Feature: Truman Fields

By Jim Luikens

In 1968 Truman Fields and his brother Dennis returned home from service in the United States Marine Corps. As part of their homecoming celebration they each purchased a brand new 1968 Firebird with the very rare Ram Air II engine option. While little is known about Dennis’ Firebird the same cannot be said of Truman’s. That car, which he is racing this year in B/PS, is one of the most successful Stock Eliminator race cars of all time. It has earned two world championships, won numerous event titles, set many national records and propelled Truman to a spot on the prestigious Car Craft Magazine All-Star Racing Team. The only thing is, he hasn’t always owned it and was only reunited with it last year. This is the story of Truman Fields and a green Firebird that has had more lives than a black cat.

After purchasing his Firebird, Truman raced it in Stock Eliminator. He enjoyed enough success with it that he came to the attention of Pontiac Motor Division, who asked him to be a part of their 1972 factory drag team. Pontiac provided Truman with a new 1972 Firebird and a new 1972 GTO to race in Stock and Super Stock Eliminator, respectively. However, Truman had done more than just catch the eye of Pontiac with his original Firebird.

He also had caught the attention of Kenner Toys. He was asked to be a part of the Kenner SSP Racing Team that included, among others, legendary Chevrolet Top Fuel driver Jim Bucher. Another of his sponsors during this era was Motor Wheel Corporation of Lansing, Michigan. Other members of the 1973 Motor Wheel Racing Team included Bob Glidden, Wayne Gapp and Jack Roush. These Pro Stock heroes were certainly pretty impressive company for a Stock Eliminator racer.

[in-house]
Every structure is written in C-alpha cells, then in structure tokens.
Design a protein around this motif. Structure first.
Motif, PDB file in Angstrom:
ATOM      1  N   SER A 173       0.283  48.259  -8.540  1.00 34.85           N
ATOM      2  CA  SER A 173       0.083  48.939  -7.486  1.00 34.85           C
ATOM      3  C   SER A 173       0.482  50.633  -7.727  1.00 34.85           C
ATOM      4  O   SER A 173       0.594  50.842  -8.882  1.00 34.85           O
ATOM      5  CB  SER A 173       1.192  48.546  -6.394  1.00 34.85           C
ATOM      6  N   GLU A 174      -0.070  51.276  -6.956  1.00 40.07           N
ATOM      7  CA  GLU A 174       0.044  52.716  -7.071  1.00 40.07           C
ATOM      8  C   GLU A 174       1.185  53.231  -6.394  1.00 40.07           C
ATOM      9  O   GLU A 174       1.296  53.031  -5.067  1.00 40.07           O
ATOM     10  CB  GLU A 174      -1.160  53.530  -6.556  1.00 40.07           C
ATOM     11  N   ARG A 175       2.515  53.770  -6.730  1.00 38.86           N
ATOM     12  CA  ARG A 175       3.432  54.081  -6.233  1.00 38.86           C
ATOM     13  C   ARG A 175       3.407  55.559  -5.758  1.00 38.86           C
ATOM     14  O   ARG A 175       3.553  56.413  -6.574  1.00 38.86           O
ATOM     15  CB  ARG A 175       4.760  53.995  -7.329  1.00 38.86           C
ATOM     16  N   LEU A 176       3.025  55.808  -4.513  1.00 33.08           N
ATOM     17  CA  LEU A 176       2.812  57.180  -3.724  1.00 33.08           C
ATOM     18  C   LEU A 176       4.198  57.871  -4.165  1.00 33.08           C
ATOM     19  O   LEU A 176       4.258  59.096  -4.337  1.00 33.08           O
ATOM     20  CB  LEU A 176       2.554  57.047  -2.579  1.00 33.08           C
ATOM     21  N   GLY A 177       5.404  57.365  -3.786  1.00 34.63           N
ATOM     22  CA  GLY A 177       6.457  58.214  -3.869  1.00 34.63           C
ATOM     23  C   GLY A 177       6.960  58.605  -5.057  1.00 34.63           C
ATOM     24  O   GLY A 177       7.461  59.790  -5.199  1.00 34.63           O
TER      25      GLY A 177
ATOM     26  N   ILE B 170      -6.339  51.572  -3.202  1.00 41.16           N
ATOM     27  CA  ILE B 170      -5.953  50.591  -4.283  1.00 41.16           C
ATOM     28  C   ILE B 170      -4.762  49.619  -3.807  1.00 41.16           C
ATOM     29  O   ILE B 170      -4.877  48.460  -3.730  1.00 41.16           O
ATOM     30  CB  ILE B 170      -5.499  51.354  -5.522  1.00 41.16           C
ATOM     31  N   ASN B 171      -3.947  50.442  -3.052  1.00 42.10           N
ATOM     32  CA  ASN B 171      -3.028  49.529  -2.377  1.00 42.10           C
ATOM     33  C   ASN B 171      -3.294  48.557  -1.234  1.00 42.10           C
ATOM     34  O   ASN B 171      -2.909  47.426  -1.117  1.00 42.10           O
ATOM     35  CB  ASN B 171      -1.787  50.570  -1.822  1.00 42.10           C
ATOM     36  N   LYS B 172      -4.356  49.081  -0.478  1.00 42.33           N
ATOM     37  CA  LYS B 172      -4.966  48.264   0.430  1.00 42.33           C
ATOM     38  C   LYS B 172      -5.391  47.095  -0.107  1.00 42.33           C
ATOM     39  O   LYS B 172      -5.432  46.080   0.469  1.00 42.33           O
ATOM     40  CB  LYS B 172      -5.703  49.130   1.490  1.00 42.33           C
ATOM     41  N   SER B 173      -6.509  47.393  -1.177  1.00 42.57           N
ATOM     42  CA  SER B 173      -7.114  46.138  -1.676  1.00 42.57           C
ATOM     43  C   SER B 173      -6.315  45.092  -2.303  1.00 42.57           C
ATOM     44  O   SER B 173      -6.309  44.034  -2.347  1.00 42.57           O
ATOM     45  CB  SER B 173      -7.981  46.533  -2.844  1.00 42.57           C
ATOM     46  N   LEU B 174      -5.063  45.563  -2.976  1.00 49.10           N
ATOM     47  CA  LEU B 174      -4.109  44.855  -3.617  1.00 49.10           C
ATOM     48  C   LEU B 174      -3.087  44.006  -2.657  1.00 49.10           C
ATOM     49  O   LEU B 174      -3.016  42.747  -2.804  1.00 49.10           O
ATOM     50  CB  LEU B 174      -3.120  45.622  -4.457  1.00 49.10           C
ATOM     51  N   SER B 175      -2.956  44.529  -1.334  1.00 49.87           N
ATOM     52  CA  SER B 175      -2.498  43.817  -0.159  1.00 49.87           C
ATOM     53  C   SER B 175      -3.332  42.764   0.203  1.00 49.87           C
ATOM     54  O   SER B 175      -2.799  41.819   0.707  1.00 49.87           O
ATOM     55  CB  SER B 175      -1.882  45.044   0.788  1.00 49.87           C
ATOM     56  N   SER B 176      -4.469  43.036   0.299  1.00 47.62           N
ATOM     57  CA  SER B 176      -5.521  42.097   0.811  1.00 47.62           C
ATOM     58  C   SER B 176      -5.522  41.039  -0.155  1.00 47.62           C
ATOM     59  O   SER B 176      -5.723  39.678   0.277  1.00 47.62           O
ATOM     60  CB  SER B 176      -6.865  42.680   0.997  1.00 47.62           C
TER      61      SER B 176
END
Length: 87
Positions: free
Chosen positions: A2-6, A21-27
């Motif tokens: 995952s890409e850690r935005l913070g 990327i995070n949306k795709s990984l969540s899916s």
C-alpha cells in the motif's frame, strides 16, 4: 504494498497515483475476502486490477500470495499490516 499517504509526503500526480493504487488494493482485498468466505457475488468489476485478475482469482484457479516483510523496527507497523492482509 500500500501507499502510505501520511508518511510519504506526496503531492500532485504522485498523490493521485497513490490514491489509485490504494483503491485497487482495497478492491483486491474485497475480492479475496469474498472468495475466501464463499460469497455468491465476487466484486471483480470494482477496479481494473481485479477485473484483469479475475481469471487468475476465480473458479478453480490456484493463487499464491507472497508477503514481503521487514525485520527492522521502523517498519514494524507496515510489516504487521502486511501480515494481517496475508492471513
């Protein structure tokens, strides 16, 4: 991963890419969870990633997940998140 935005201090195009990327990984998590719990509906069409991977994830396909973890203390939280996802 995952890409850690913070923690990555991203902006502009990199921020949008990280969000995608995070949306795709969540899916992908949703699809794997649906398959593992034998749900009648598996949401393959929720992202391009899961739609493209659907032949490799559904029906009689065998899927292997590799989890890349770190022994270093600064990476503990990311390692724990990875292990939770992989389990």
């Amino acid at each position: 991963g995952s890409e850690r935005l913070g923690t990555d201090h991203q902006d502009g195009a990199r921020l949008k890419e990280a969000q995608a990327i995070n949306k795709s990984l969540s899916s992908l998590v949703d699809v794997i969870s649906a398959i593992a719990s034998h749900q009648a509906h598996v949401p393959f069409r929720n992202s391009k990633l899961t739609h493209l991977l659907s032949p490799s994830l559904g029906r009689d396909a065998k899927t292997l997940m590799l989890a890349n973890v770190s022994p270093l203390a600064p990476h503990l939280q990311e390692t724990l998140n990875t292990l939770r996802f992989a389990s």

Although Truman liked racing the newer Pontiacs, he really loved his ‘68 Firebird. 1973 found him back racing his old reliable and, in fact, he won the 1973 NHRA US Nationals in that car. In 1975 he was approached by the father and son team of Roy and Mike McKinney from Richmond, Indiana. They were racing a similar Firebird but were not turning the type of times that Truman was with his car. They expressed an interest in purchasing his Firebird and a deal was struck.

When it came time to pick up the car however, the McKinneys told Truman they did not have all of the previously agreed money. They did have some money, a Kawasaki motorcycle and, of course, their Firebird. They proposed that he take what money they did have along with the Kawasaki and their Firebird. A revised deal was made and both parties went on their way.

Truman, with his long time sidekick Tommy, immediately began working on the burgundy Firebird that he got from the McKinneys. Five weeks to the day from the day that he had received it, Truman and Tommy rolled the McKinney’s old burgundy Firebird out of the garage and took it to the nearby Edgewater Sports Park drag strip in Cincinnati. As luck would have it, the McKinneys were also there that day racing Truman’s original green Firebird.

On its very first outing the burgundy Firebird, now prepared and driven by Truman, turned a best elapsed time of 12:38 seconds which was quicker than the 12:41 second time that the green Firebird, now raced by the McKinneys, turned the same day. An agreement was reached that the McKinneys would enter B/S at national events and Truman would compete in the C/S class. This would prevent the two Firebirds from knocking each other out of competition during class eliminations.

During this time Truman was employed by IBM, who didn’t hesitate to relocate him around the country. After living and working in Cincinnati he was transferred first to Colorado and then to Tucson, Arizona. In late 1980 IBM transferred him again, this time to Charlotte, North Carolina. This was where he first became familiar with IHRA racing. In 1981 Truman raced a little with the IHRA while he prepared for 1982 and a serious campaign. He had a very successful season in 1982 and won the first of his two consecutive world championships.